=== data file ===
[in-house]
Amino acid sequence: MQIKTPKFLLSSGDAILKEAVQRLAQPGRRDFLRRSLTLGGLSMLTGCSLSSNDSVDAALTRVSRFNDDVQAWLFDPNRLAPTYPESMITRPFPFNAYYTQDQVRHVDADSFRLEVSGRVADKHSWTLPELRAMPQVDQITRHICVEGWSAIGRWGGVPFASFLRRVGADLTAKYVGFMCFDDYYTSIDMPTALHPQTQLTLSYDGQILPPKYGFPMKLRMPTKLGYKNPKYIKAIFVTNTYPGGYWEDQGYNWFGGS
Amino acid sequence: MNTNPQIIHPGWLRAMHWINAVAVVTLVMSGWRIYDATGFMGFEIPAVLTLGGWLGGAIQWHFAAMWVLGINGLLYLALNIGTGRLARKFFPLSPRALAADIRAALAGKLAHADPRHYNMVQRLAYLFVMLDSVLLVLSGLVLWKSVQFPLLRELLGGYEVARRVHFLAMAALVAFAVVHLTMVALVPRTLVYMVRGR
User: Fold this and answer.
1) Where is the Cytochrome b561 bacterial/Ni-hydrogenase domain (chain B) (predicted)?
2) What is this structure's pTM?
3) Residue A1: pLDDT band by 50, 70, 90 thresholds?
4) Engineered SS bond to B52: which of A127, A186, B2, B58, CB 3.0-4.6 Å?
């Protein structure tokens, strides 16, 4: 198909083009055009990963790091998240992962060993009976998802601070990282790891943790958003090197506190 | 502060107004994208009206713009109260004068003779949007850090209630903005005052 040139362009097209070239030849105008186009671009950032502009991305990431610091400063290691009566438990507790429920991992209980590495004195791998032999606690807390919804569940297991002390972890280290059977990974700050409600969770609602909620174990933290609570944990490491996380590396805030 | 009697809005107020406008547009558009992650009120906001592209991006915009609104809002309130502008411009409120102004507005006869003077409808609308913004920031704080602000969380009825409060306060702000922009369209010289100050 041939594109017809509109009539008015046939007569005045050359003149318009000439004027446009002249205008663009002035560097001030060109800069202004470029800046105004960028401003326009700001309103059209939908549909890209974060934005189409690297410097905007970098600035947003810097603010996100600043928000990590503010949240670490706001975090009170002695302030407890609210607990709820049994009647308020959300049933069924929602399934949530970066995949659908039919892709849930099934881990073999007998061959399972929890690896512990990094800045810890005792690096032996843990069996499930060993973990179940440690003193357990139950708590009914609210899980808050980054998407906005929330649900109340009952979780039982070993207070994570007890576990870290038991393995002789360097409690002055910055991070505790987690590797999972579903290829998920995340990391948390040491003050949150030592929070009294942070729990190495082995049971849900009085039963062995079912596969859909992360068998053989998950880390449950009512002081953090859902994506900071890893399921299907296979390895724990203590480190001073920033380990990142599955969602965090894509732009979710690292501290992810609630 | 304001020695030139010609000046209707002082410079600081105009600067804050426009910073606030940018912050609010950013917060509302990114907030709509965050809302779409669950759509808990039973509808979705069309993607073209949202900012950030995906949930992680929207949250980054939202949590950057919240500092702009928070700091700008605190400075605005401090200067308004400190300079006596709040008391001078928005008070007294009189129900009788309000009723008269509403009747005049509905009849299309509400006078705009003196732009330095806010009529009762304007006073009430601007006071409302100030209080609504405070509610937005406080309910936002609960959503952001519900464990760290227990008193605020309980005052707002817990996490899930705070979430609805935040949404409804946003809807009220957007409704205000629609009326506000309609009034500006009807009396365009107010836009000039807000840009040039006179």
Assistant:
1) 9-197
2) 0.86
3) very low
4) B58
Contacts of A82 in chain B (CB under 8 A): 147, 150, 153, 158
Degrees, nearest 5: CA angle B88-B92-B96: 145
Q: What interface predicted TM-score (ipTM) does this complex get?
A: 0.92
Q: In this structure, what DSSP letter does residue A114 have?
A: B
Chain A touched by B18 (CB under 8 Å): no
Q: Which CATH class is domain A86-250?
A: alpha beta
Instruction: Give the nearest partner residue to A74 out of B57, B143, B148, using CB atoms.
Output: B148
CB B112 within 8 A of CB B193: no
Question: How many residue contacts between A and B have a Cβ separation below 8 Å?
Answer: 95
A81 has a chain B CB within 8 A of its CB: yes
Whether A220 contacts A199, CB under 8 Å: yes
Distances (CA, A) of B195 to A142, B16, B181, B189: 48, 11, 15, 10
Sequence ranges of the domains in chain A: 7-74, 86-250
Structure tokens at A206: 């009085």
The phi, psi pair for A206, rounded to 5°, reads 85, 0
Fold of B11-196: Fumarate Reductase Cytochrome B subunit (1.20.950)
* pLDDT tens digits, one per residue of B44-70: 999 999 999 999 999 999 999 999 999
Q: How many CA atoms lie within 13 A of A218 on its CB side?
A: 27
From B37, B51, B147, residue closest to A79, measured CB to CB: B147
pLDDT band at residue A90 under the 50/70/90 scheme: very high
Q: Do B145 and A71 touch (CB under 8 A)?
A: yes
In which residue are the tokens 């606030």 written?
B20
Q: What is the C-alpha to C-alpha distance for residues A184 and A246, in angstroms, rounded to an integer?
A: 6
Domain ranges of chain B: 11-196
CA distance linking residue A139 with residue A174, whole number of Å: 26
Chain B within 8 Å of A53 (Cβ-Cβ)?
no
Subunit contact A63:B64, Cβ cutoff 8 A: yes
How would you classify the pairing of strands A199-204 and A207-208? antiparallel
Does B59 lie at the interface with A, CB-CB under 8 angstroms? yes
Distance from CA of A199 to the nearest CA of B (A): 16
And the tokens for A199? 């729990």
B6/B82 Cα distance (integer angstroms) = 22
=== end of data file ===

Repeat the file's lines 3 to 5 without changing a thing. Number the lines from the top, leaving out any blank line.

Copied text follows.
Amino acid sequence: MNTNPQIIHPGWLRAMHWINAVAVVTLVMSGWRIYDATGFMGFEIPAVLTLGGWLGGAIQWHFAAMWVLGINGLLYLALNIGTGRLARKFFPLSPRALAADIRAALAGKLAHADPRHYNMVQRLAYLFVMLDSVLLVLSGLVLWKSVQFPLLRELLGGYEVARRVHFLAMAALVAFAVVHLTMVALVPRTLVYMVRGR
User: Fold this and answer.
1) Where is the Cytochrome b561 bacterial/Ni-hydrogenase domain (chain B) (predicted)?